Alemtuzumab induction in kidney transplantation.

Edmund Huang, Yong W. Cho, Tariq Shah, Alice Peng, Rick Hayashi, Suphamai Bunnapradist

Research output: Contribution to journalArticlepeer-review

Abstract

The use of alemtuzumab for induction therapy is increasing. 7.6% of antibody induction recipients in 2003 and 9.3% of induction recipients in 2004 received alemtuzumab. Antibody induction, especially T-cell depleting agents, Thymoglobulin and alemtuzumab are very effective in preventing early acute rejection in the initial hospitalization for both deceased and living donor transplants. However, when examining the effect of antibody induction on acute rejection after the initial hospitalization during the first year, alemtuzumab induction was associated with increased odds of acute rejection in deceased donor transplants compared to no antibody induction, IL-2RA, and Thymoglobulin. There was no difference in acute rejection during the first year after initial hospitalization in living donor transplants among all 4 induction groups. Despite lower acute rejection rates with alemtuzumab induction, no difference in graft survival was observed compared to no antibody induction, IL-2RA, and Thymoglobulin over 24 months. We conclude that alemtuzumab is an effective induction agent in kidney transplantation. However, further studies are needed to assess its long-term efficacy and to establish the optimal immunosuppressive regimen that should be maintained when alemtuzumab is used as an induction agent.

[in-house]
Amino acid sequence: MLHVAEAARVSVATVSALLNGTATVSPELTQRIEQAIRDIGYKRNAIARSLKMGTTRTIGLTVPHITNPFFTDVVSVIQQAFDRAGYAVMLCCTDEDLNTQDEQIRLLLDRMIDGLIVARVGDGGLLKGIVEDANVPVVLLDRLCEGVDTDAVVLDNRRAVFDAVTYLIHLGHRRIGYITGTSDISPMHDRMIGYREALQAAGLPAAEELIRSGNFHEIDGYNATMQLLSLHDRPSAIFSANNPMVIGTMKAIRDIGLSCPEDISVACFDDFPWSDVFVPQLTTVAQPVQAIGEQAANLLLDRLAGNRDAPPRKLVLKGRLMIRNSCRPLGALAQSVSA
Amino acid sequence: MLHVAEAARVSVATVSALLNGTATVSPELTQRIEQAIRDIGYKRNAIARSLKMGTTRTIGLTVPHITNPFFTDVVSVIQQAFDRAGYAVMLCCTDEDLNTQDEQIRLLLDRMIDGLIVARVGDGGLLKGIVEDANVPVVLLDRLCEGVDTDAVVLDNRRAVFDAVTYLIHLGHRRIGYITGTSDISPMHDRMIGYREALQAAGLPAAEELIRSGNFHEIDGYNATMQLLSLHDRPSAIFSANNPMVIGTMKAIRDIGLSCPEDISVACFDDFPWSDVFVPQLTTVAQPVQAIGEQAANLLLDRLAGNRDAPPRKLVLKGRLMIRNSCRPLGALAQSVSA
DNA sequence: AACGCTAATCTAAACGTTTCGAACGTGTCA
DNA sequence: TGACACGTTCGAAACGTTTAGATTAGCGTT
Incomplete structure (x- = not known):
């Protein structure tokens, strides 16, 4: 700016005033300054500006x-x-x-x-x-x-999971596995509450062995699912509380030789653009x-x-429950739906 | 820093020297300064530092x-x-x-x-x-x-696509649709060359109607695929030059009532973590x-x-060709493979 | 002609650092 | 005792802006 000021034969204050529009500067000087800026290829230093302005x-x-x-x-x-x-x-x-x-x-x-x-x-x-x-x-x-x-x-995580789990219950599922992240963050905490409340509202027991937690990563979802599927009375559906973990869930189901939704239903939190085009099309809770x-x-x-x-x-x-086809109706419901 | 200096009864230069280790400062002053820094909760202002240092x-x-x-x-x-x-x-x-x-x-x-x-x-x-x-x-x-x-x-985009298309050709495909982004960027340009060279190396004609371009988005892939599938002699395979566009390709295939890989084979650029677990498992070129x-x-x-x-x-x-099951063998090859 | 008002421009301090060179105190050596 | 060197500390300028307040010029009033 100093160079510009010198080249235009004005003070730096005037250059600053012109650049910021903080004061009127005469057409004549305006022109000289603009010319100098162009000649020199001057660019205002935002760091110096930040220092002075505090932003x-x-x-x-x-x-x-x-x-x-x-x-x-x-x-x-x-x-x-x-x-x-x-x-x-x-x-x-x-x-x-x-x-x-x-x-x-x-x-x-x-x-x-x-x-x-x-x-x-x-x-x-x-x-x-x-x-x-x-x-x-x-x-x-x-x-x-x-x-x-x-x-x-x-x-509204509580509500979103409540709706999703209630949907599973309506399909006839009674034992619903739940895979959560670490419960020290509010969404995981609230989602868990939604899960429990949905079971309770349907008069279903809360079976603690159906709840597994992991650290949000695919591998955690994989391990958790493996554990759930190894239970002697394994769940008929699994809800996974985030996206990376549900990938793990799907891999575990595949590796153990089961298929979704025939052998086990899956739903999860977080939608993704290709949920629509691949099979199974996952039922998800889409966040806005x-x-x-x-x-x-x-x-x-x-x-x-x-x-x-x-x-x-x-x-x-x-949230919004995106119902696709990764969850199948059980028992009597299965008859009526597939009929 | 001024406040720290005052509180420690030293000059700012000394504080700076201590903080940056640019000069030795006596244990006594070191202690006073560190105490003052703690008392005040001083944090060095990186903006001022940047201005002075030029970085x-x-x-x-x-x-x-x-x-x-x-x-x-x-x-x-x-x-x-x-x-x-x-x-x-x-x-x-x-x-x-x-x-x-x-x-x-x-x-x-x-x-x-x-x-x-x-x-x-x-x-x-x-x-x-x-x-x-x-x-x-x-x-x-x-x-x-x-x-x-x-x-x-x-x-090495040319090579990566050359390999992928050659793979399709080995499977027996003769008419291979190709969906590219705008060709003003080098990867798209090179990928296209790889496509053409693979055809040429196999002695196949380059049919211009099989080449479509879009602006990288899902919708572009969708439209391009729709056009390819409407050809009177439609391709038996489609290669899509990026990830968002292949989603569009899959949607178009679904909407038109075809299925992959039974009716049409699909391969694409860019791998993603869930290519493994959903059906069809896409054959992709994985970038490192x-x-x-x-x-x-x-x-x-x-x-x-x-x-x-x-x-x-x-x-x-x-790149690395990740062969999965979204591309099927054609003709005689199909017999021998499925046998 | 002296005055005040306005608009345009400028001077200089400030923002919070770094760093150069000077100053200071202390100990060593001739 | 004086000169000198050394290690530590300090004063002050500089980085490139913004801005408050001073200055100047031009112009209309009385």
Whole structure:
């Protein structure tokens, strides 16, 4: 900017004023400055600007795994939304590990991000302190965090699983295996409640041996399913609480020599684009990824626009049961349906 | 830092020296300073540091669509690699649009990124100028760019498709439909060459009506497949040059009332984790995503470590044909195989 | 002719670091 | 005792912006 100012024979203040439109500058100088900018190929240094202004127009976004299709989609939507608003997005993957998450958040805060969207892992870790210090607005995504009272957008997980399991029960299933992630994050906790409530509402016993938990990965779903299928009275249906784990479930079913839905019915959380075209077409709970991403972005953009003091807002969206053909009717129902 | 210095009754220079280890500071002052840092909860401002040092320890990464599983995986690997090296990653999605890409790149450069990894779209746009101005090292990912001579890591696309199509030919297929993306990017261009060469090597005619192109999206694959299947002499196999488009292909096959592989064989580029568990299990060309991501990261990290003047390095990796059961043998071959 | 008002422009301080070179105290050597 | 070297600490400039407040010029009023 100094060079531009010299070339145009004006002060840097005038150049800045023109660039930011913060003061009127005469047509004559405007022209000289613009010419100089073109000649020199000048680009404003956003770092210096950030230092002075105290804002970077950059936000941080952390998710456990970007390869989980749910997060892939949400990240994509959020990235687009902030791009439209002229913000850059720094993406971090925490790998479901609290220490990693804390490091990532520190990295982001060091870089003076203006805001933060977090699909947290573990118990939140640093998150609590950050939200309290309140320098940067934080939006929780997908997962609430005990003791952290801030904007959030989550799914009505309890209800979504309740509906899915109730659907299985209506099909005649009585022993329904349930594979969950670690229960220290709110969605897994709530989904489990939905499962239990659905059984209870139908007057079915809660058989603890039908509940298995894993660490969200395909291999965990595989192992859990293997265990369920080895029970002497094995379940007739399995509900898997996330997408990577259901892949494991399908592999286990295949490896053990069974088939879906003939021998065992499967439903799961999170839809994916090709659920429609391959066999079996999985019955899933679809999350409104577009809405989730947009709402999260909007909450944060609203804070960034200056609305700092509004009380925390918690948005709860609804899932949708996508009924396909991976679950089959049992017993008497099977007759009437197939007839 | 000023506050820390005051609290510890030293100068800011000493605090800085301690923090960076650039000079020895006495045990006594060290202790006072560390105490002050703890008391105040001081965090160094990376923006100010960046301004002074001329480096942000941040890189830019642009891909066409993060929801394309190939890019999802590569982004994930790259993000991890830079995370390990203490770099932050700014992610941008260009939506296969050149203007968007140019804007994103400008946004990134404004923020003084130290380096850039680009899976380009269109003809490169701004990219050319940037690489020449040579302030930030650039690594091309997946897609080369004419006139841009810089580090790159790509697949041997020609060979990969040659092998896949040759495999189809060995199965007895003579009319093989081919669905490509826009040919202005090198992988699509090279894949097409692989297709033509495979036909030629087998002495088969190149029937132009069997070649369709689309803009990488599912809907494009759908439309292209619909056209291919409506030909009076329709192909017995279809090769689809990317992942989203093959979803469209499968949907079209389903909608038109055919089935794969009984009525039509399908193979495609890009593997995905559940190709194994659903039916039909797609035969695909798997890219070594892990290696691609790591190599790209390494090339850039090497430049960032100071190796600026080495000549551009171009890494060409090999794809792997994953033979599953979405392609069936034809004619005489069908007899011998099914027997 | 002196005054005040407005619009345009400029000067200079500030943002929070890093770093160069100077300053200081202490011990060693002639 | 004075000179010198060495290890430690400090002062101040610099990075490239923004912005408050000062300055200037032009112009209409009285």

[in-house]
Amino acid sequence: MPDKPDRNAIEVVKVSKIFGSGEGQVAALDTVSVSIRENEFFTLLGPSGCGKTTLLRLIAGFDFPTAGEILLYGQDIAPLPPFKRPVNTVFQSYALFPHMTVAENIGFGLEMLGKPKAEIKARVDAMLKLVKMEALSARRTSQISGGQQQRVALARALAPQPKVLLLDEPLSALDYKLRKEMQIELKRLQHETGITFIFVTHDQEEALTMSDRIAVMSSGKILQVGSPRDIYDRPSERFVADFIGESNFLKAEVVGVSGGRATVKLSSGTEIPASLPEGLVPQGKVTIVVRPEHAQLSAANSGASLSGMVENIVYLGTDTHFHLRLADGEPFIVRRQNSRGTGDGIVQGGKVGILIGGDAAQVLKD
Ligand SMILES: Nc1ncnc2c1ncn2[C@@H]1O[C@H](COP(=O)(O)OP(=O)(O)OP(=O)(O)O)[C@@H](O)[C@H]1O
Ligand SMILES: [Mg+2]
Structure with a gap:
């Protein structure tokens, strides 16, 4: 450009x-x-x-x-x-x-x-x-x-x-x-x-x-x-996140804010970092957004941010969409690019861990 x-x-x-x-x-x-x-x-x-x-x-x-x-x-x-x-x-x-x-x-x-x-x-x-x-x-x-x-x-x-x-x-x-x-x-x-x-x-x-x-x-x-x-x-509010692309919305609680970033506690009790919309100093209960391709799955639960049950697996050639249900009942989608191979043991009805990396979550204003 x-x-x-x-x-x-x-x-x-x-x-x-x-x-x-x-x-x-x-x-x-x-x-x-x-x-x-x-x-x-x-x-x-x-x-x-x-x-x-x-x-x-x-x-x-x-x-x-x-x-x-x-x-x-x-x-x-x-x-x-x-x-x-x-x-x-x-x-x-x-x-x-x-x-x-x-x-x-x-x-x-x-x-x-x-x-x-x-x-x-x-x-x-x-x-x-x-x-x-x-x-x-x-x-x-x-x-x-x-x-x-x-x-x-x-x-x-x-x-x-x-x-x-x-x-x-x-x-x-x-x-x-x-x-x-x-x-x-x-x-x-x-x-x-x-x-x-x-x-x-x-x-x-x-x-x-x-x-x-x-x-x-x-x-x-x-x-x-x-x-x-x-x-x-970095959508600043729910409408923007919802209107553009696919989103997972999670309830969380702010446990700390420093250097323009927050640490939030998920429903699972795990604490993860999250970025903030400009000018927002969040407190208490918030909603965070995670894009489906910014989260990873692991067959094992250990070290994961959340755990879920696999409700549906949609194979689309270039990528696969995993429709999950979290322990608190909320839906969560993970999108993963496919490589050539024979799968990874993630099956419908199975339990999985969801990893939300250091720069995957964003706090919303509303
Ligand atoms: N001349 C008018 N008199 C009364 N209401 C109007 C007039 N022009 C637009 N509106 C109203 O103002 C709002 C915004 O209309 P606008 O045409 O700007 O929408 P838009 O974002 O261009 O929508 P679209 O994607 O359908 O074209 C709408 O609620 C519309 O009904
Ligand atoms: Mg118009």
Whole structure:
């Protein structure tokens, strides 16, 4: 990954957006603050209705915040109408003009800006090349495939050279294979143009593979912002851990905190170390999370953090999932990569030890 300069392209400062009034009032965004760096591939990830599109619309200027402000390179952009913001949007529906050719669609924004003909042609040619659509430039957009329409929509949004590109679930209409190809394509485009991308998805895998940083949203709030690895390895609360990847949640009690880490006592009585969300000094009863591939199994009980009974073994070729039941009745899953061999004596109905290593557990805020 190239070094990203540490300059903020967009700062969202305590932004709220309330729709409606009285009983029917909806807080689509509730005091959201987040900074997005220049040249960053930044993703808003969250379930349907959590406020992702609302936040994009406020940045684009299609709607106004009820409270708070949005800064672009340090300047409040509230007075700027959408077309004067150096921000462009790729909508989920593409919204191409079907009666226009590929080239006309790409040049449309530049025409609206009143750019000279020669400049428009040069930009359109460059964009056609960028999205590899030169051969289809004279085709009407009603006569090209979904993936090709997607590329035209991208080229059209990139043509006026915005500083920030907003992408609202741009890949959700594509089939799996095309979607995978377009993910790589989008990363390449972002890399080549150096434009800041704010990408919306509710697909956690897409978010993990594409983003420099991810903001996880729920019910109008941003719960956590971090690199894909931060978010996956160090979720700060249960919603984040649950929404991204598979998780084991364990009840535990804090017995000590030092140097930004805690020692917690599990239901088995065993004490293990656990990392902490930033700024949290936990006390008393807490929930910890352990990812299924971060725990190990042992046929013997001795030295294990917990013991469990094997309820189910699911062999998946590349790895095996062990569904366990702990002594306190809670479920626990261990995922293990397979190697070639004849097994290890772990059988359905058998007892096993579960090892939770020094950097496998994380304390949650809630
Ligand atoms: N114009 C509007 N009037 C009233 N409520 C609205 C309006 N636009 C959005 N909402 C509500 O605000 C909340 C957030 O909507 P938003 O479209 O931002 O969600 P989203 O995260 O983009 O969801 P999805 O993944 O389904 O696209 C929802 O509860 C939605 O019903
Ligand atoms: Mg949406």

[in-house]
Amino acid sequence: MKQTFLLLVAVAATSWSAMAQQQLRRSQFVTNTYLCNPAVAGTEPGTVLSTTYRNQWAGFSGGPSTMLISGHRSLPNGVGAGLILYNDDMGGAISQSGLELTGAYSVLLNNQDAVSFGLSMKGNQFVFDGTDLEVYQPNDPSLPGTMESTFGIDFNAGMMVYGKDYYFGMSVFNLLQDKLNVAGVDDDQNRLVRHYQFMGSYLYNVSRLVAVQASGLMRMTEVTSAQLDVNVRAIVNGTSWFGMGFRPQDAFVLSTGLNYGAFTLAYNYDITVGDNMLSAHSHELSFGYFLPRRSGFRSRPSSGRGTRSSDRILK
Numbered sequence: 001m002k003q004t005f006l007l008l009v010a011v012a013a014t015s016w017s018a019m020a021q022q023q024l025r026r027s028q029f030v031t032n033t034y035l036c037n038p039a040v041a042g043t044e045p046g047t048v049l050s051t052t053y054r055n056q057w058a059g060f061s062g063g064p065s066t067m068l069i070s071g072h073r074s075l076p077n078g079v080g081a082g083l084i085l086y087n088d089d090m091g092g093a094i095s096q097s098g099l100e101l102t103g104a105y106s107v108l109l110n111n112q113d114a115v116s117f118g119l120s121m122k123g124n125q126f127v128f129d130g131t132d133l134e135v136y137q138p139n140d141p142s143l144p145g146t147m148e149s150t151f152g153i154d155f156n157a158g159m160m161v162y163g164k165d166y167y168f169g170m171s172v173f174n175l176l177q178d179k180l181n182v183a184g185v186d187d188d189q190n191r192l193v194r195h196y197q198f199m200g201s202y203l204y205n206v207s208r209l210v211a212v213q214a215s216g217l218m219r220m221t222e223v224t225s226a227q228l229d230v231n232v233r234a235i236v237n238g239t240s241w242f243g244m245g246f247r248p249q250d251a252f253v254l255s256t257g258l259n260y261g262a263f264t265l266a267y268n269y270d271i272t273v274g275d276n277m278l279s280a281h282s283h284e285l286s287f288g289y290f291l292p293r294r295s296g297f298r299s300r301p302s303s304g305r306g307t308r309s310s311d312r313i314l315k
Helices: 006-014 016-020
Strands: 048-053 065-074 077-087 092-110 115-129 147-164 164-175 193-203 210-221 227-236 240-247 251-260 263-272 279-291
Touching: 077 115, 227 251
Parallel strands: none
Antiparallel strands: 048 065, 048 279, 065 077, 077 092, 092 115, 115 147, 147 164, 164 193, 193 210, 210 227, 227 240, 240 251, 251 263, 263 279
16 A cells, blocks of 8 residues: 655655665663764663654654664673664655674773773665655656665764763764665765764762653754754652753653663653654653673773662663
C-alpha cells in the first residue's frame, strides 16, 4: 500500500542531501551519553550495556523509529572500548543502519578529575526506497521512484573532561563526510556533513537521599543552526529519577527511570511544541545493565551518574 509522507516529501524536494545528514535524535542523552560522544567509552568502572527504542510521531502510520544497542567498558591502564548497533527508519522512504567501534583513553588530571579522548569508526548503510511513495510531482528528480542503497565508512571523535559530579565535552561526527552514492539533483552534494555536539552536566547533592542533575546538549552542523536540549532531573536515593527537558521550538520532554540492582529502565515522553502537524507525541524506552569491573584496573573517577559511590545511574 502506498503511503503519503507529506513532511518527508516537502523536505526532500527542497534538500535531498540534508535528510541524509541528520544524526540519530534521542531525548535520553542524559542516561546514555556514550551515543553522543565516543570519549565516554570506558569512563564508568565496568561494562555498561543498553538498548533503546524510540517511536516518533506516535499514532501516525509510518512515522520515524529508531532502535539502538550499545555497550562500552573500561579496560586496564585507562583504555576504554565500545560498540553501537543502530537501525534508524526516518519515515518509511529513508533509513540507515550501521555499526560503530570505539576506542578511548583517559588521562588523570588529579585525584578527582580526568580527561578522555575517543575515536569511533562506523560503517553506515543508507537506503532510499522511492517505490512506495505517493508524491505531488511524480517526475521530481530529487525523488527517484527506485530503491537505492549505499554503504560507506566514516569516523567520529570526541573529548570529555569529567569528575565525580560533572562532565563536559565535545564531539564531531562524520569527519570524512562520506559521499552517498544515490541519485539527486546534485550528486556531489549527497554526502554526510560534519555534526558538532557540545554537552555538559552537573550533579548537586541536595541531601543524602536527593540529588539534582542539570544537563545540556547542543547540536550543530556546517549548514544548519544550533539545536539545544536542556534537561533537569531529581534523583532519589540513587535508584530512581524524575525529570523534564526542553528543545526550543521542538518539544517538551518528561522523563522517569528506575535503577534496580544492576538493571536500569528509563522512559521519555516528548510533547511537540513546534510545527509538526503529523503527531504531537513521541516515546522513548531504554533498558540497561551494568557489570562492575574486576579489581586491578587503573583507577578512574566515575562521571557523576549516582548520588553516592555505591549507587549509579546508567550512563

Original languageEnglish (US)
Pages (from-to)343-354
Number of pages12
JournalClinical transplants
StatePublished - 2005

ASJC Scopus subject areas

  • Medicine(all)

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